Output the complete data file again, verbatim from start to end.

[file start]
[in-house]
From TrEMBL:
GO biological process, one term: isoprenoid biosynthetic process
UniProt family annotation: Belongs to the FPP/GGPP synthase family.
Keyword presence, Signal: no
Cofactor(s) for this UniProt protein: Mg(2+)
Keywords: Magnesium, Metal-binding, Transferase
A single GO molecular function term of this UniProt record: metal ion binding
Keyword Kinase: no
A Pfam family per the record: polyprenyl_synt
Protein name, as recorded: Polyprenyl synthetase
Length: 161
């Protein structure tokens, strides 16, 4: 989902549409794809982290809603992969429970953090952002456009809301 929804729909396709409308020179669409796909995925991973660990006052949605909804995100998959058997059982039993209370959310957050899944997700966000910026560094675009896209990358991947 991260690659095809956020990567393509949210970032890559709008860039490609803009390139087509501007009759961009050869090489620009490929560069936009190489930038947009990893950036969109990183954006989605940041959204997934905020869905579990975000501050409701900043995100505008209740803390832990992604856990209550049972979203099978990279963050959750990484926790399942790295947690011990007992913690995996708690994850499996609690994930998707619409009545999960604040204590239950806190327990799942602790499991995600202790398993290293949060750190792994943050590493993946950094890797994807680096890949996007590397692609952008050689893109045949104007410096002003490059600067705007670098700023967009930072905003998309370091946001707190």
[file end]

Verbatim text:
[in-house]
From TrEMBL:
GO biological process, one term: isoprenoid biosynthetic process
UniProt family annotation: Belongs to the FPP/GGPP synthase family.
Keyword presence, Signal: no
Cofactor(s) for this UniProt protein: Mg(2+)
Keywords: Magnesium, Metal-binding, Transferase
A single GO molecular function term of this UniProt record: metal ion binding
Keyword Kinase: no
A Pfam family per the record: polyprenyl_synt
Protein name, as recorded: Polyprenyl synthetase
Length: 161
């Protein structure tokens, strides 16, 4: 989902549409794809982290809603992969429970953090952002456009809301 929804729909396709409308020179669409796909995925991973660990006052949605909804995100998959058997059982039993209370959310957050899944997700966000910026560094675009896209990358991947 991260690659095809956020990567393509949210970032890559709008860039490609803009390139087509501007009759961009050869090489620009490929560069936009190489930038947009990893950036969109990183954006989605940041959204997934905020869905579990975000501050409701900043995100505008209740803390832990992604856990209550049972979203099978990279963050959750990484926790399942790295947690011990007992913690995996708690994850499996609690994930998707619409009545999960604040204590239950806190327990799942602790499991995600202790398993290293949060750190792994943050590493993946950094890797994807680096890949996007590397692609952008050689893109045949104007410096002003490059600067705007670098700023967009930072905003998309370091946001707190």